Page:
Madrid poised to impose direct rule 

Madrid poised to impose direct rule 

Spain is set to enter uncharted territory as Prime Minister Mariano Rajoy prepares to carry out his threat to crush Catalonia’s demand for independence by imposing direct rule.

Inigo Mendez de Vigo, the Spanish government’s chief spokesman, said Madrid would decide whether to oust the Catalan president Carles Puigdemont today (Thursday).

Puigdemont has been told he has until this morning to withdraw his bid for independence or face direct rule.

The Catalan president has proposed that the effects of an independence declaration be suspended for two months while both sides hold talks to resolve the standoff.

The independence referendum on October 1 plunged Spain into its worst political crisis since its return to democracy after 1975.

“The important thing is to restore the rule of law for all Catalans and not only those Catalans who want to be independent,” Mendez de Vigo told Bloomberg.

Prime Minister Mariano Rajoy has been threatening to invoke Article 155 of the Spanish Constitution, which imposes direct control of a region to defend the national interest. Rajoy has been trying to persuade the Catalan leaders to back down to avoid further confrontations.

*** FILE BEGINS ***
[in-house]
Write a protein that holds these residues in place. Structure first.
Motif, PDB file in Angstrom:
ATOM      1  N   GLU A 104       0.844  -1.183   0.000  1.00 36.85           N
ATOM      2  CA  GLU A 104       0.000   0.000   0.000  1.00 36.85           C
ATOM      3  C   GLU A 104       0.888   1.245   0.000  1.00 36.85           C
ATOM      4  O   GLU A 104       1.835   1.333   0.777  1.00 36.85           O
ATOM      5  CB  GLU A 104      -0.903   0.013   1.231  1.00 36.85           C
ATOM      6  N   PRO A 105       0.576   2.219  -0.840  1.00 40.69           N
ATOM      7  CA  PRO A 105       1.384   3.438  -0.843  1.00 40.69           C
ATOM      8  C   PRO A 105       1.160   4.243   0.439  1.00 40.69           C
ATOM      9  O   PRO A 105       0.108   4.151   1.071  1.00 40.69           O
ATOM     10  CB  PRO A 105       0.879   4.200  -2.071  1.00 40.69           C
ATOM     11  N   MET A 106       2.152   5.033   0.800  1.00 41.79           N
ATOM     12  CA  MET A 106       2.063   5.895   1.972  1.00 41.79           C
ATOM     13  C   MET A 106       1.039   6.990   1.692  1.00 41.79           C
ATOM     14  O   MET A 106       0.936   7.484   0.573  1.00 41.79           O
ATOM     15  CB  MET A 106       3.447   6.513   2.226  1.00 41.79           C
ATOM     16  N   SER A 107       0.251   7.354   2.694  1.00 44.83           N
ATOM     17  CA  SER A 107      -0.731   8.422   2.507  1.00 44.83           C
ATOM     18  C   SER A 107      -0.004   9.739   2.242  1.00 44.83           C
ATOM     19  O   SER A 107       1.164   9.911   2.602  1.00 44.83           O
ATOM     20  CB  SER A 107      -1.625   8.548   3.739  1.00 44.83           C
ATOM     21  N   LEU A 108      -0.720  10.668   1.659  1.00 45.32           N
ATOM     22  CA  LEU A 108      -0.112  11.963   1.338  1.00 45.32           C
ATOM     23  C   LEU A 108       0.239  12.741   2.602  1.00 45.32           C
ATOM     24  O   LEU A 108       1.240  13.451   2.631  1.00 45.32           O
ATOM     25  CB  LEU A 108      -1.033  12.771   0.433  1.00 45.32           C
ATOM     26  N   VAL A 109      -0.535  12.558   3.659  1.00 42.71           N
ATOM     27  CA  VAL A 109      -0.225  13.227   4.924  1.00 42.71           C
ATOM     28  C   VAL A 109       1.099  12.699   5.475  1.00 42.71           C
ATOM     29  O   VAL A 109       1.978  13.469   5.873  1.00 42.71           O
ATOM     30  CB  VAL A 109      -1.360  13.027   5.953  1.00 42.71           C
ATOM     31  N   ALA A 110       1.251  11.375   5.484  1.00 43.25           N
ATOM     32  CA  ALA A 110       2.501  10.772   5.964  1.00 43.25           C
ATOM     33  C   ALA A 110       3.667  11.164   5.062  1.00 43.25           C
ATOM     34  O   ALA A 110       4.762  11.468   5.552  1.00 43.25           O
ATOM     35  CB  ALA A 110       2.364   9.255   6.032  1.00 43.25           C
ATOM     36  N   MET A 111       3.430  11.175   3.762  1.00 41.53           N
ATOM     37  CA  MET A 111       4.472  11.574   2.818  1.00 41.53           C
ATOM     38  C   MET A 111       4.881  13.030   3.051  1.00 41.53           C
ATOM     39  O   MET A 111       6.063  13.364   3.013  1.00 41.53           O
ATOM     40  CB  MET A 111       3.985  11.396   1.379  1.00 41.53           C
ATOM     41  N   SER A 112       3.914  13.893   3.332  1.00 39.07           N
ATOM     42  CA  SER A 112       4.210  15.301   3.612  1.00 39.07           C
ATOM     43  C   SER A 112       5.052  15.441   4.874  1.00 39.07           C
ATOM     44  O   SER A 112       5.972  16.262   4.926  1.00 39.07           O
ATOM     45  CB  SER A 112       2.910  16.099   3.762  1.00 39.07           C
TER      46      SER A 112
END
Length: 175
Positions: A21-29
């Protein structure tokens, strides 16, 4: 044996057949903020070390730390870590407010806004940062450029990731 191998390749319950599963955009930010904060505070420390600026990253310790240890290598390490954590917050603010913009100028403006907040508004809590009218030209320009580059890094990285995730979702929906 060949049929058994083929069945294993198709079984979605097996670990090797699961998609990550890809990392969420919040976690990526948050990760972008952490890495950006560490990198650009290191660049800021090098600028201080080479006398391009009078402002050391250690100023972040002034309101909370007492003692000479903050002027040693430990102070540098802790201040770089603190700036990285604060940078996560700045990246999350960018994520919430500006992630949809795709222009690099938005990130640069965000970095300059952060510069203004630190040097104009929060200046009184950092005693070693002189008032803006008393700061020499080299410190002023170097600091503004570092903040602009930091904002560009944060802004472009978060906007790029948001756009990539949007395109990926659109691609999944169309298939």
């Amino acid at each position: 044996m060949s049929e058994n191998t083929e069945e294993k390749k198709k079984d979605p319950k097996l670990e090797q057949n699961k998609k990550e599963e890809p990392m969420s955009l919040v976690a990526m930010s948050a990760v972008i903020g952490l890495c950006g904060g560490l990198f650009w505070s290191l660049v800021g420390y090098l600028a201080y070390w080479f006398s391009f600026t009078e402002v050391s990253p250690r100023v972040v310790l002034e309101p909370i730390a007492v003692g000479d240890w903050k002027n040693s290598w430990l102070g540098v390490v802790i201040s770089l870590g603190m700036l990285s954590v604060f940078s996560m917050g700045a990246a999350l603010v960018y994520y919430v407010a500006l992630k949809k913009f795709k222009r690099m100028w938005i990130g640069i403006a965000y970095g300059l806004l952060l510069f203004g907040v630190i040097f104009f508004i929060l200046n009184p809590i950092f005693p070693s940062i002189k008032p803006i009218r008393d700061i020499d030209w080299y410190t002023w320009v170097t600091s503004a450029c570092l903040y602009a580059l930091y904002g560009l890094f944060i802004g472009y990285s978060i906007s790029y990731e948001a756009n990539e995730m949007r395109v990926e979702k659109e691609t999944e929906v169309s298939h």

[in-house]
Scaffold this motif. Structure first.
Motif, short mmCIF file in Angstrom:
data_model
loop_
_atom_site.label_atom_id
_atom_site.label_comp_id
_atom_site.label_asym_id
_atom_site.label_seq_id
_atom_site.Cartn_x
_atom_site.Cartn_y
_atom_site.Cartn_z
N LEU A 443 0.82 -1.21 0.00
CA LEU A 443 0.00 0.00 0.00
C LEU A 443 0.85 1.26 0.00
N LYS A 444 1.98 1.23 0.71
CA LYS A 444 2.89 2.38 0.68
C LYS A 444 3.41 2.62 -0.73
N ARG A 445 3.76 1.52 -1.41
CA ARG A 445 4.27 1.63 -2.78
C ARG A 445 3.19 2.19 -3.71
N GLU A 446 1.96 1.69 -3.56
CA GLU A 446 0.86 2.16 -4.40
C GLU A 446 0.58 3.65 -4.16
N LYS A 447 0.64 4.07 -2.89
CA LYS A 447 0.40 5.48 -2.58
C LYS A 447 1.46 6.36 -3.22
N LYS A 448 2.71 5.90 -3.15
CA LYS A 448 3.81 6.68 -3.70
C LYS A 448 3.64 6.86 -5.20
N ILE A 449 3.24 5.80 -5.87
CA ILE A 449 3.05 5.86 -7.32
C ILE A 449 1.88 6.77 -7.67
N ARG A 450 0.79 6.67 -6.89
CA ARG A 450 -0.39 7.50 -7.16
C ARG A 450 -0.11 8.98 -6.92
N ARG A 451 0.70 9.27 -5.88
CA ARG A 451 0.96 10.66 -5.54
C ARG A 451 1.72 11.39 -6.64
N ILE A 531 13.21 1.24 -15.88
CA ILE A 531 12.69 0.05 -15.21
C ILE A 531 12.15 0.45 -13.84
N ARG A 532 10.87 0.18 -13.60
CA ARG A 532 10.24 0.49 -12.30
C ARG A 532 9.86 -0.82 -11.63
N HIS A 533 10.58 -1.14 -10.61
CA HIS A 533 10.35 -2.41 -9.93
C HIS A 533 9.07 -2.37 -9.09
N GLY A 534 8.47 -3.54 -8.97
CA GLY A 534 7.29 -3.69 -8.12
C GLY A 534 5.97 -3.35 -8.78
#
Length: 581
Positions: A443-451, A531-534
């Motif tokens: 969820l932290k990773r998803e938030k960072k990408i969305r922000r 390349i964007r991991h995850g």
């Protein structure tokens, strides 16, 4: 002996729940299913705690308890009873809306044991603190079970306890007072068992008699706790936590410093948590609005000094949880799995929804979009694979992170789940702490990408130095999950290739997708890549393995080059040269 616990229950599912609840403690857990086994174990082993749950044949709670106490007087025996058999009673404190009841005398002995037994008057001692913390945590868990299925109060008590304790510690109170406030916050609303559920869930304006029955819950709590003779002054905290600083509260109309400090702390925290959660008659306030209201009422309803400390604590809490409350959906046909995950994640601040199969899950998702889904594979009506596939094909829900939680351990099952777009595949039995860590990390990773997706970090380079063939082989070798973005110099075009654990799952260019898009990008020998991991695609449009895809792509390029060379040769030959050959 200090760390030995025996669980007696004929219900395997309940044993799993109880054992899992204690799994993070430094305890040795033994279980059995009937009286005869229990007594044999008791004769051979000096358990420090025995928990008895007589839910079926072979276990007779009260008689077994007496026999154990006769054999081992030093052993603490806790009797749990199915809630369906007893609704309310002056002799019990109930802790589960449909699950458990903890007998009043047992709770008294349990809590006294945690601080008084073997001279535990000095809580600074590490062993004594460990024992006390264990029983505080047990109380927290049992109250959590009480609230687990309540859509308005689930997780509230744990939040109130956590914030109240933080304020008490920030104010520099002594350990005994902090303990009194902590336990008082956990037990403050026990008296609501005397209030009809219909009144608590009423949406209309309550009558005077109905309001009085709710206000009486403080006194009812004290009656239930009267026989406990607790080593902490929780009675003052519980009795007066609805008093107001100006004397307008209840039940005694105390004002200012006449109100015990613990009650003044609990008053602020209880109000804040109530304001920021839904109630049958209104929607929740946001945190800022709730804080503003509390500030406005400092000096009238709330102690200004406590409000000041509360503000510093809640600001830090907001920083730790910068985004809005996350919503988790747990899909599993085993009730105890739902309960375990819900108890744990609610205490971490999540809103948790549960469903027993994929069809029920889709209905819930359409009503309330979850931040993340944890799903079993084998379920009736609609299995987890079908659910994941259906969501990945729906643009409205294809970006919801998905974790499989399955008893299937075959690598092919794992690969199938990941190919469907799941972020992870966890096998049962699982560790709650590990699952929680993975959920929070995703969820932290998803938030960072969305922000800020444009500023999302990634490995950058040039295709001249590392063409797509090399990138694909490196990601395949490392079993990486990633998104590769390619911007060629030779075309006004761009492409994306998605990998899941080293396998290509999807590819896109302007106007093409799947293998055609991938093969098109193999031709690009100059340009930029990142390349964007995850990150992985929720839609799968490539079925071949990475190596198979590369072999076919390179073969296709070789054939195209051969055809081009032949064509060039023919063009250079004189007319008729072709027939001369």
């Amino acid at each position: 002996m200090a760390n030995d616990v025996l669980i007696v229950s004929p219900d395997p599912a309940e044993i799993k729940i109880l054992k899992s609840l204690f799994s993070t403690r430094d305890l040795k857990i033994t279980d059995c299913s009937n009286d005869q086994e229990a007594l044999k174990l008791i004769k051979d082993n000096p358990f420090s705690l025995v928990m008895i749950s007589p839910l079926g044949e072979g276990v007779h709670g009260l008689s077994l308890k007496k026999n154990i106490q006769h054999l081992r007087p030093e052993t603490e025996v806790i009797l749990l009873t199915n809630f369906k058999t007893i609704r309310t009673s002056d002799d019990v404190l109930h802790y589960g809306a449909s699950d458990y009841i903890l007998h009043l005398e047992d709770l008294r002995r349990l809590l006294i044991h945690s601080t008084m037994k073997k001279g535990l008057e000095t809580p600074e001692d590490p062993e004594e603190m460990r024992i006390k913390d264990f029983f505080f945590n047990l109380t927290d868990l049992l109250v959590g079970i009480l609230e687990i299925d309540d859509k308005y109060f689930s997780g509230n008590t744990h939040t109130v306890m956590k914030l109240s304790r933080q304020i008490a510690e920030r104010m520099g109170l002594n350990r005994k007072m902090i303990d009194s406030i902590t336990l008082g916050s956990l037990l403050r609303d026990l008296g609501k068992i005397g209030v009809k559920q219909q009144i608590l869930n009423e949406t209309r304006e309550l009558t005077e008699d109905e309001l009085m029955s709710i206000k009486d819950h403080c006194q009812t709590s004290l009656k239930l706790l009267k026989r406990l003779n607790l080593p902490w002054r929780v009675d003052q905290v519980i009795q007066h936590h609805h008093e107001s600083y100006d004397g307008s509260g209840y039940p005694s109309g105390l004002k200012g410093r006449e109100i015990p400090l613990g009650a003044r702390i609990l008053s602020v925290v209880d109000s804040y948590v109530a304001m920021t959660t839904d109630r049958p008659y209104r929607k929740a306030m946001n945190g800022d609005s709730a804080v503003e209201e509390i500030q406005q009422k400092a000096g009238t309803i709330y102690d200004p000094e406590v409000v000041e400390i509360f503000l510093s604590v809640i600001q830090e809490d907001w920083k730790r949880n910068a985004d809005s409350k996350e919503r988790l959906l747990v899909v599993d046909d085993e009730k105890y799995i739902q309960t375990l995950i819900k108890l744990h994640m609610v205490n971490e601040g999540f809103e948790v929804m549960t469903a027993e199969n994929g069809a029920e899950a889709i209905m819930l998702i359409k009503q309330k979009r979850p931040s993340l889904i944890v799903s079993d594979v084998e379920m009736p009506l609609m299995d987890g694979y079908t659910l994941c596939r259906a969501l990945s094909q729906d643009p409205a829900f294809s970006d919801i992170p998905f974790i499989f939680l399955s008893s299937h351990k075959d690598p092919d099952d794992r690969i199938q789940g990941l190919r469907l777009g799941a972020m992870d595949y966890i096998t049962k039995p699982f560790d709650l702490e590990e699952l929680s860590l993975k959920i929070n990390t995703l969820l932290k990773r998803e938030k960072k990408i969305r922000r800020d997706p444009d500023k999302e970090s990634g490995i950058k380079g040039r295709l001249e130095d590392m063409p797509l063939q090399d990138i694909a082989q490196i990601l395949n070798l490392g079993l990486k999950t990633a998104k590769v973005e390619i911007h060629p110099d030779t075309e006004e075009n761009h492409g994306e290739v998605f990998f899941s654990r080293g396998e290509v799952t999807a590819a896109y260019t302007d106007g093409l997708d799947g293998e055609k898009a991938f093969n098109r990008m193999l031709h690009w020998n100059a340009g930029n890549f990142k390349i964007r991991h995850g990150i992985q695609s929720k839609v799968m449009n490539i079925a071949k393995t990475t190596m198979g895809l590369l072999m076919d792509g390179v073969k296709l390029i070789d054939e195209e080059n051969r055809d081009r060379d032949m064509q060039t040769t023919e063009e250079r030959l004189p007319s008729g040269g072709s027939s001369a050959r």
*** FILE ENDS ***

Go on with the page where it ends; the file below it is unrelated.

Speaking in parliament on Wednesday, Rajoy asked Puigdemont’s Catalan colleagues to persuade him “not to make any more problems” that would “oblige the government to make decisions that would be better never to make”.

Spain’s delicate federal balance was established after the dictator General Franco died in 1975 after naming former king, Juan Carlos, as his successor. It was widely assumed Spanish autocracy would continue as Franco had groomed Juan Carlos to continue his authoritarian rule.

Juan Carlos, however, brought about a democratic transition. Political parties were legalised, and a constitution was written and approved in 1978. The first democratic administration took office in 1982.

Tensions in Catalonia rose this week after a judge at Spain’s national court refused bail to two Catalan independence leaders who are being investigated for alleged sedition.

Jordi Sánchez, president of the Catalan National Assembly, and Jordi Cuixart, chief of Òmnium Cultural, are accused of using protests to hamper Spanish police efforts to halt the referendum.

Their detention prompted rallies across Catalonia on Tuesday as Spain’s constitutional court annulled the Catalan law that allowed the referendum, adding that the right to “promote and enact the unilateral secession” of a region was not recognised in the constitution.

Voting in Barcelona on October 1. Picture credit: Wikimedia 


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